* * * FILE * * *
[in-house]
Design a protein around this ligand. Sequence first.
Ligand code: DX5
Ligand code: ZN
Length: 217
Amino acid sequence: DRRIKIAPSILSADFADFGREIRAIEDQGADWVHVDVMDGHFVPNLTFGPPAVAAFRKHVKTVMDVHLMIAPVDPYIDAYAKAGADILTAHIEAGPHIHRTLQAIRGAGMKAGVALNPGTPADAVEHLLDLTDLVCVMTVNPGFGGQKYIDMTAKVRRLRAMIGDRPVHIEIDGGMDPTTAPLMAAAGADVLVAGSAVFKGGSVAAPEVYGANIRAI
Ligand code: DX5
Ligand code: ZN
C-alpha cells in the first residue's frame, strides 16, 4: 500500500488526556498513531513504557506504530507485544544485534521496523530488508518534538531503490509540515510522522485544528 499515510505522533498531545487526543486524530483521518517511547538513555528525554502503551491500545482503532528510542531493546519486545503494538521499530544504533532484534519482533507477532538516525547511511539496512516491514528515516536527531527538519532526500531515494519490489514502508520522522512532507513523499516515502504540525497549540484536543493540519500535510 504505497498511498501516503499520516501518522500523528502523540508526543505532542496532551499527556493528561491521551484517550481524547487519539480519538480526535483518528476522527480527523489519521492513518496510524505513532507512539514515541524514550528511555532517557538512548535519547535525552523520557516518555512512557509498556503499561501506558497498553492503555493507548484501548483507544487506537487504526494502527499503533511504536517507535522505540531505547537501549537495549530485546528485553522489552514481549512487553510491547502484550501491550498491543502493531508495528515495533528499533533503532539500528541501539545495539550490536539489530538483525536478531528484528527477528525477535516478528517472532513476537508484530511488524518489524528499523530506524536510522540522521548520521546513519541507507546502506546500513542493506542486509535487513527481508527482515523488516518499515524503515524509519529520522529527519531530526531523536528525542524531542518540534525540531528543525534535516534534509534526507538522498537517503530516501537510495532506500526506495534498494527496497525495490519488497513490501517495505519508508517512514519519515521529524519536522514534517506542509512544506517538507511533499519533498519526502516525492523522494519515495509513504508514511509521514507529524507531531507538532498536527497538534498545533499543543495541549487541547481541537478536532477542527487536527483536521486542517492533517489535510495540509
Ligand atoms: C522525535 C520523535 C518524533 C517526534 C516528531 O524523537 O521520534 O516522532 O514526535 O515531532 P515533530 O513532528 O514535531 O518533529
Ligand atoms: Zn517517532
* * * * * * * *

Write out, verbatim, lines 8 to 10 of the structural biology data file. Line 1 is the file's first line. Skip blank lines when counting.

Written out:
Ligand code: ZN
C-alpha cells in the first residue's frame, strides 16, 4: 500500500488526556498513531513504557506504530507485544544485534521496523530488508518534538531503490509540515510522522485544528 499515510505522533498531545487526543486524530483521518517511547538513555528525554502503551491500545482503532528510542531493546519486545503494538521499530544504533532484534519482533507477532538516525547511511539496512516491514528515516536527531527538519532526500531515494519490489514502508520522522512532507513523499516515502504540525497549540484536543493540519500535510 504505497498511498501516503499520516501518522500523528502523540508526543505532542496532551499527556493528561491521551484517550481524547487519539480519538480526535483518528476522527480527523489519521492513518496510524505513532507512539514515541524514550528511555532517557538512548535519547535525552523520557516518555512512557509498556503499561501506558497498553492503555493507548484501548483507544487506537487504526494502527499503533511504536517507535522505540531505547537501549537495549530485546528485553522489552514481549512487553510491547502484550501491550498491543502493531508495528515495533528499533533503532539500528541501539545495539550490536539489530538483525536478531528484528527477528525477535516478528517472532513476537508484530511488524518489524528499523530506524536510522540522521548520521546513519541507507546502506546500513542493506542486509535487513527481508527482515523488516518499515524503515524509519529520522529527519531530526531523536528525542524531542518540534525540531528543525534535516534534509534526507538522498537517503530516501537510495532506500526506495534498494527496497525495490519488497513490501517495505519508508517512514519519515521529524519536522514534517506542509512544506517538507511533499519533498519526502516525492523522494519515495509513504508514511509521514507529524507531531507538532498536527497538534498545533499543543495541549487541547481541537478536532477542527487536527483536521486542517492533517489535510495540509
Ligand atoms: C522525535 C520523535 C518524533 C517526534 C516528531 O524523537 O521520534 O516522532 O514526535 O515531532 P515533530 O513532528 O514535531 O518533529